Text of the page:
To summarize what is happening in our market, Month’s Supply of Inventory has increased, days on market are trending up; medium sales prices are up; and listing-to-sales ratios are up. Although interest rates are continuing to rise, they still are a great value. Demand from homebuyers for homes under $300,000 continues to be high. The hotter months of July and August tend to be slower months for home sales in the Valley and we expect sales to pick up the September.

• Linda Berg is branch manager and designated real estate agent for the Ahwatukee/Tempe office of Coldwell Banker Residential Brokerage. She has been a Realtor since 1978 and past-president of the Southeast Valley Association of Realtors. Reach her at (480) 753-3122 or

Valley real estate market continues to improve – Ravalli Republic

The Bitterroot Valley’s real estate market continued its upward trend in the first six months of 2015.

The median sales price was up again, sales of rural properties rose and the number of foreclosures on the market dropped some more, according to information gathered by Darwin Ernst of Hamilton’s Appraisal Services.

“I think we’re on pace of having a real good real estate market,” Ernst said late last week.

The median sales price of residential properties with less than 40 acres rose from $208,000 in 2014 to $224,000 during the first six months of this year.

“The current median sale price of $224,000 – which is still rising steadily – is very near the peak of the housing market in Ravalli County, when the median sale price was $225,000,” Ernst said.

“The current trends indicated by comparing the first six months of 2014 against the first six months of 2015 show a 13 percent increase in the volume of sales in the rural part of the market and an 11 percent decrease in volume of sales in the urban/suburban portions of the market,” he said.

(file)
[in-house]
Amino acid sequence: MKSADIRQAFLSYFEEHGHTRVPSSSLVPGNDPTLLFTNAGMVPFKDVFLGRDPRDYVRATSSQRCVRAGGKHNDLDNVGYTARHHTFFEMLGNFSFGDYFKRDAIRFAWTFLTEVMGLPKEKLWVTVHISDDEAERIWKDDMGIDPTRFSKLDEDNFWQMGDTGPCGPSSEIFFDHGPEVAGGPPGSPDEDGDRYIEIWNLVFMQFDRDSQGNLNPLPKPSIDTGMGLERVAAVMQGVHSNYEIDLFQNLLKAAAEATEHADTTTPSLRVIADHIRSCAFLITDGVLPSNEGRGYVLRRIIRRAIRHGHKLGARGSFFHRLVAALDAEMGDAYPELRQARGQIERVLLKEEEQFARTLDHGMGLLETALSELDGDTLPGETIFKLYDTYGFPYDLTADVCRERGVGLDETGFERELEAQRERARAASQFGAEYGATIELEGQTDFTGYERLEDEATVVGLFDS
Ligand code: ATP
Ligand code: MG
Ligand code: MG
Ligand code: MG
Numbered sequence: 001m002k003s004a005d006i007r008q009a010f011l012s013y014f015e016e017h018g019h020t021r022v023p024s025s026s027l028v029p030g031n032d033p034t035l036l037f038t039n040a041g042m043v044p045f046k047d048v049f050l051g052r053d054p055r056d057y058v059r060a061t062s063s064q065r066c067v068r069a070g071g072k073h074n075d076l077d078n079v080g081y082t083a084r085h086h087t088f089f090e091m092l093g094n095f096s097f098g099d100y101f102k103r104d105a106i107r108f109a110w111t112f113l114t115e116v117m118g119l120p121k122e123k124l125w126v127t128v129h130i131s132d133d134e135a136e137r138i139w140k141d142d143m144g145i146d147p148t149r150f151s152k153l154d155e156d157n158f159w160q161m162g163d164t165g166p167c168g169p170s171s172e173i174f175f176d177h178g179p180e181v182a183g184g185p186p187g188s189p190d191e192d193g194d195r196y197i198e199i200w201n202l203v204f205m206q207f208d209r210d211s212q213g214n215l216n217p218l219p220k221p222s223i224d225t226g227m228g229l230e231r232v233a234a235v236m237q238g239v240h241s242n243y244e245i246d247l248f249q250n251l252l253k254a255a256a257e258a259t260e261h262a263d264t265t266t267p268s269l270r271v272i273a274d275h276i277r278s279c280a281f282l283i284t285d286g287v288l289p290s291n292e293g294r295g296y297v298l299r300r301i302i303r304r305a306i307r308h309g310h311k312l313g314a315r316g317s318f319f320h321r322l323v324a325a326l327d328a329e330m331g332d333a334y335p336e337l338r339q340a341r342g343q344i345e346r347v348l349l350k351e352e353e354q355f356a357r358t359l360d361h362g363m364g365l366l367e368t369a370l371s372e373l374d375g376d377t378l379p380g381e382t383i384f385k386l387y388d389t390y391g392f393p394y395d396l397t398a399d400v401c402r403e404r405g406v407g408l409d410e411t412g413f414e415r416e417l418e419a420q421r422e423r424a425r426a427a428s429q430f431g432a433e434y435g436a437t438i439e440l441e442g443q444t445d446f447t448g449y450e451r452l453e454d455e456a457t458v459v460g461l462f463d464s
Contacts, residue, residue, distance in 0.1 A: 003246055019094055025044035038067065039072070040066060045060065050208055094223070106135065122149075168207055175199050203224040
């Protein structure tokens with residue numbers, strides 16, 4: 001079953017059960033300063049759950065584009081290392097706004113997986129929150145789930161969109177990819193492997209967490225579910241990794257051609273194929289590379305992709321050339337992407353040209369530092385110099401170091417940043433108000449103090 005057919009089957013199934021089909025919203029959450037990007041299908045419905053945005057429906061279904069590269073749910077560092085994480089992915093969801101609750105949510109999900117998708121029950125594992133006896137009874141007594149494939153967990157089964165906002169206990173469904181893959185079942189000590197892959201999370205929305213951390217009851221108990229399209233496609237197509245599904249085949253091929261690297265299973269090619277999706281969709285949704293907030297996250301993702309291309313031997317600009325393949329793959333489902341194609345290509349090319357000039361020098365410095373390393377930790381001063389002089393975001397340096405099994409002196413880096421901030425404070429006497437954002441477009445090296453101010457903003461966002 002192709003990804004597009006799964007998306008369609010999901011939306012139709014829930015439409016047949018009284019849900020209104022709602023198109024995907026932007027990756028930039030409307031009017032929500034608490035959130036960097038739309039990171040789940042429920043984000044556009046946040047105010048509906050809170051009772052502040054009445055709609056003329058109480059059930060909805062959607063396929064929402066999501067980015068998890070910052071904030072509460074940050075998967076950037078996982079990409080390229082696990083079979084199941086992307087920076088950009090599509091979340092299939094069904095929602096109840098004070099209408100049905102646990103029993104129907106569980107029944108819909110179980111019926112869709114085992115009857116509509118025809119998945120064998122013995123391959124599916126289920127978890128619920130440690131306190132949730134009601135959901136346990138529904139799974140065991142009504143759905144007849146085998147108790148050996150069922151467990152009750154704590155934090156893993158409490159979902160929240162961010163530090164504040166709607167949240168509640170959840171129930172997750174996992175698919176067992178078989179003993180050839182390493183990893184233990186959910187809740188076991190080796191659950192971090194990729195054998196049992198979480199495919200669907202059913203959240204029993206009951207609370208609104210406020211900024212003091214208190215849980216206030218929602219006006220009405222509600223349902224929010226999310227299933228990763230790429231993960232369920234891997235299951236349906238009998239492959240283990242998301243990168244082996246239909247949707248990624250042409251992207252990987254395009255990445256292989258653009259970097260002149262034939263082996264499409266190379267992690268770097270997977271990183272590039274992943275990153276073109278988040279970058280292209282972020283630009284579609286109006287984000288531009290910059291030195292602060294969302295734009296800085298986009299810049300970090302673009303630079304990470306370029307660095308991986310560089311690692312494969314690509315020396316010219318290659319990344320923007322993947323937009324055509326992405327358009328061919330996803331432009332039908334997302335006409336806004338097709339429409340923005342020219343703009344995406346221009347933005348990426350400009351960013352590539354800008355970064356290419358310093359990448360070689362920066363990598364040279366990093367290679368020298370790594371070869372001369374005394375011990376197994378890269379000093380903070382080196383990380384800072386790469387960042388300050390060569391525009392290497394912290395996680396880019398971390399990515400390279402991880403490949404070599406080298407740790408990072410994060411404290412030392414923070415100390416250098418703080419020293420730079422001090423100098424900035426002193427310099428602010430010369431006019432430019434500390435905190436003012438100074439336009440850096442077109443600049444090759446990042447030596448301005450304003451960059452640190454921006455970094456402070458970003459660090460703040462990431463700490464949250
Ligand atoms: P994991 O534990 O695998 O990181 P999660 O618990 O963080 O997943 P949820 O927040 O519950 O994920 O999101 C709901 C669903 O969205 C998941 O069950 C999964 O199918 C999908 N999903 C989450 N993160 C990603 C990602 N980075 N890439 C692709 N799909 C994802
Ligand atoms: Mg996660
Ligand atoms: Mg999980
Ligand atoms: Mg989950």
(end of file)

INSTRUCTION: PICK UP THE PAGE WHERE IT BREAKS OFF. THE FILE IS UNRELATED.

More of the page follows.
The current median price of a Bitterroot Valley residential property has been increasing steadily since 2012, when it bottomed out at $167,000.

Some of that increase in the median sales price this year can probably be attributed to a decrease in the number of foreclosed homes on the market, Ernst said.

In 2011, a little more than 41 percent of the residential sales in the Bitterroot were homes that had been foreclosed.

In the first six months of the 2015, that number had dropped to about 12 percent.

“If we could get that number under 5 percent, it would not have much of an influence on property values any more,” Ernst said.

The volume of sales of bare land also increased in the first half of the year.

“People can see that for themselves around the valley,” Ernst said. “Hammers are being picked up now, which is a good sign of recovery.”

In the first six months of 2014, only three properties under a half acre sold. In the entire year of 2014, prospective builders only bought eight properties.

So far this year, 16 properties of the same size were purchased.

Sales of bare land properties over a half acre also increased, from 51 during the first six months in 2014 to 58 in the same time period this year.

Residential sales of homes with less than 40 acres are up as well from last year. In 2014, 218 sales were made in the first six months. So far this year, 249 residential properties have been purchased.

Ernst said there still is an oversupply of residential homes on the market in the Bitterroot Valley, which could hold down increases in property values over the short term.

There is currently about a two-year surplus of homes on the market, he said.

“There is still a lot of housing that’s overpriced at this point,” Ernst said. “People don’t want to believe that the economy has impacted property values.”

If the current trend of improving housing markets continues across the nation, Ernst sees no reason why Ravalli County won’t follow suit.

“Retirees continue to choose our market for their last best home, with the younger retirees often choosing the larger homes with surplus acreage and the older retires often choosing a small home on less acreage and with less maintenance.

“The crystal ball used to predict the housing market here in the Bitterroot Valley is much less cloudy than in the recent past, as all market trends indicate a continued slow recovery from the recent housing bubble,” he said.